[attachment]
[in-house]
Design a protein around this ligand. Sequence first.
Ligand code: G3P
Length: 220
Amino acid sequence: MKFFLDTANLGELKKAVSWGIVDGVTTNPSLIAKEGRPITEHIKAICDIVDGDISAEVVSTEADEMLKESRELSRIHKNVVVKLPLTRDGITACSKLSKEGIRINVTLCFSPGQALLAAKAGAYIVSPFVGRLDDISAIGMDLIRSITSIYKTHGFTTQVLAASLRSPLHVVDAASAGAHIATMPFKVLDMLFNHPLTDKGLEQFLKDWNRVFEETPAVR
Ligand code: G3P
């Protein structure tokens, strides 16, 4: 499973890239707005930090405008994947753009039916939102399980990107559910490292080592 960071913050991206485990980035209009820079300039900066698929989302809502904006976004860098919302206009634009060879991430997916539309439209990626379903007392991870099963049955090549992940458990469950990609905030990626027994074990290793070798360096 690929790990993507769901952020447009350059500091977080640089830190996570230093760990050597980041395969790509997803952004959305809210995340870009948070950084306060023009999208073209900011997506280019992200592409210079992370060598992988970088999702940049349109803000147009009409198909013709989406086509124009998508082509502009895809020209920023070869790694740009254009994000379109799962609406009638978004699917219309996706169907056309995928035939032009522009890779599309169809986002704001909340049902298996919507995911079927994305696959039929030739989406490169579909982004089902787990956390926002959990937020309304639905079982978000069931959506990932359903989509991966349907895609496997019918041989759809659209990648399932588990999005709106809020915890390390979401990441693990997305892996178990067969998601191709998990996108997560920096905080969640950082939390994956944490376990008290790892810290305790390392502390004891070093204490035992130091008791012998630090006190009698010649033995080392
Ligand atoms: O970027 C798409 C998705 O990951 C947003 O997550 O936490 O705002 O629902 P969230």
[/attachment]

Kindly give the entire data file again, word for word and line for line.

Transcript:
[in-house]
Design a protein around this ligand. Sequence first.
Ligand code: G3P
Length: 220
Amino acid sequence: MKFFLDTANLGELKKAVSWGIVDGVTTNPSLIAKEGRPITEHIKAICDIVDGDISAEVVSTEADEMLKESRELSRIHKNVVVKLPLTRDGITACSKLSKEGIRINVTLCFSPGQALLAAKAGAYIVSPFVGRLDDISAIGMDLIRSITSIYKTHGFTTQVLAASLRSPLHVVDAASAGAHIATMPFKVLDMLFNHPLTDKGLEQFLKDWNRVFEETPAVR
Ligand code: G3P
């Protein structure tokens, strides 16, 4: 499973890239707005930090405008994947753009039916939102399980990107559910490292080592 960071913050991206485990980035209009820079300039900066698929989302809502904006976004860098919302206009634009060879991430997916539309439209990626379903007392991870099963049955090549992940458990469950990609905030990626027994074990290793070798360096 690929790990993507769901952020447009350059500091977080640089830190996570230093760990050597980041395969790509997803952004959305809210995340870009948070950084306060023009999208073209900011997506280019992200592409210079992370060598992988970088999702940049349109803000147009009409198909013709989406086509124009998508082509502009895809020209920023070869790694740009254009994000379109799962609406009638978004699917219309996706169907056309995928035939032009522009890779599309169809986002704001909340049902298996919507995911079927994305696959039929030739989406490169579909982004089902787990956390926002959990937020309304639905079982978000069931959506990932359903989509991966349907895609496997019918041989759809659209990648399932588990999005709106809020915890390390979401990441693990997305892996178990067969998601191709998990996108997560920096905080969640950082939390994956944490376990008290790892810290305790390392502390004891070093204490035992130091008791012998630090006190009698010649033995080392
Ligand atoms: O970027 C798409 C998705 O990951 C947003 O997550 O936490 O705002 O629902 P969230």